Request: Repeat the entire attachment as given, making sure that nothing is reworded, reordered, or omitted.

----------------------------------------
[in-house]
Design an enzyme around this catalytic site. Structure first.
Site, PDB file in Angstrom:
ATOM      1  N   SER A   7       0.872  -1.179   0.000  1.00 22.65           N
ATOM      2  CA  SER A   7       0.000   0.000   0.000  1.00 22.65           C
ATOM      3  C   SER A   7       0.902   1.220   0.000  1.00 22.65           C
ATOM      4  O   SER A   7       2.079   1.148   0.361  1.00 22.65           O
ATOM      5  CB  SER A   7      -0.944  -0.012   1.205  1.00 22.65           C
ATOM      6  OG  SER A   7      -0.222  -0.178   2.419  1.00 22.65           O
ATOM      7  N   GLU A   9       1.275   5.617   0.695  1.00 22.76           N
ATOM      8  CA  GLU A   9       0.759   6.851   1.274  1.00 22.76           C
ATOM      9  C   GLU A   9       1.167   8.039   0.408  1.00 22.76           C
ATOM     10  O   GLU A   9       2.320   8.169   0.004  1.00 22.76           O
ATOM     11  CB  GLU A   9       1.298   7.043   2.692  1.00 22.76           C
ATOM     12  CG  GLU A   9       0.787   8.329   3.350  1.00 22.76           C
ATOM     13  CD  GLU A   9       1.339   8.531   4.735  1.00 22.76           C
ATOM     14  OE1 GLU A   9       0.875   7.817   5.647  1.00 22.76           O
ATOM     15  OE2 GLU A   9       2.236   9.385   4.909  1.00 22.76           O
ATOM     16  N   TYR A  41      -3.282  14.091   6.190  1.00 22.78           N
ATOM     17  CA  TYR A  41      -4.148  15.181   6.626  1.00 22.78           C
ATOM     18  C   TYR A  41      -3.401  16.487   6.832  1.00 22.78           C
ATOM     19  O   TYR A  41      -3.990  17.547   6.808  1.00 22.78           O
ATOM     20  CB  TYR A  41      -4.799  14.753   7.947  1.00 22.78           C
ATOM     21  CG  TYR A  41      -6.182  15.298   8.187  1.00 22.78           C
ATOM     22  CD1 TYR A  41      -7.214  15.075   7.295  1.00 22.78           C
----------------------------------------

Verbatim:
[in-house]
Design an enzyme around this catalytic site. Structure first.
Site, PDB file in Angstrom:
ATOM      1  N   SER A   7       0.872  -1.179   0.000  1.00 22.65           N
ATOM      2  CA  SER A   7       0.000   0.000   0.000  1.00 22.65           C
ATOM      3  C   SER A   7       0.902   1.220   0.000  1.00 22.65           C
ATOM      4  O   SER A   7       2.079   1.148   0.361  1.00 22.65           O
ATOM      5  CB  SER A   7      -0.944  -0.012   1.205  1.00 22.65           C
ATOM      6  OG  SER A   7      -0.222  -0.178   2.419  1.00 22.65           O
ATOM      7  N   GLU A   9       1.275   5.617   0.695  1.00 22.76           N
ATOM      8  CA  GLU A   9       0.759   6.851   1.274  1.00 22.76           C
ATOM      9  C   GLU A   9       1.167   8.039   0.408  1.00 22.76           C
ATOM     10  O   GLU A   9       2.320   8.169   0.004  1.00 22.76           O
ATOM     11  CB  GLU A   9       1.298   7.043   2.692  1.00 22.76           C
ATOM     12  CG  GLU A   9       0.787   8.329   3.350  1.00 22.76           C
ATOM     13  CD  GLU A   9       1.339   8.531   4.735  1.00 22.76           C
ATOM     14  OE1 GLU A   9       0.875   7.817   5.647  1.00 22.76           O
ATOM     15  OE2 GLU A   9       2.236   9.385   4.909  1.00 22.76           O
ATOM     16  N   TYR A  41      -3.282  14.091   6.190  1.00 22.78           N
ATOM     17  CA  TYR A  41      -4.148  15.181   6.626  1.00 22.78           C
ATOM     18  C   TYR A  41      -3.401  16.487   6.832  1.00 22.78           C
ATOM     19  O   TYR A  41      -3.990  17.547   6.808  1.00 22.78           O
ATOM     20  CB  TYR A  41      -4.799  14.753   7.947  1.00 22.78           C
ATOM     21  CG  TYR A  41      -6.182  15.298   8.187  1.00 22.78           C
ATOM     22  CD1 TYR A  41      -7.214  15.075   7.295  1.00 22.78           C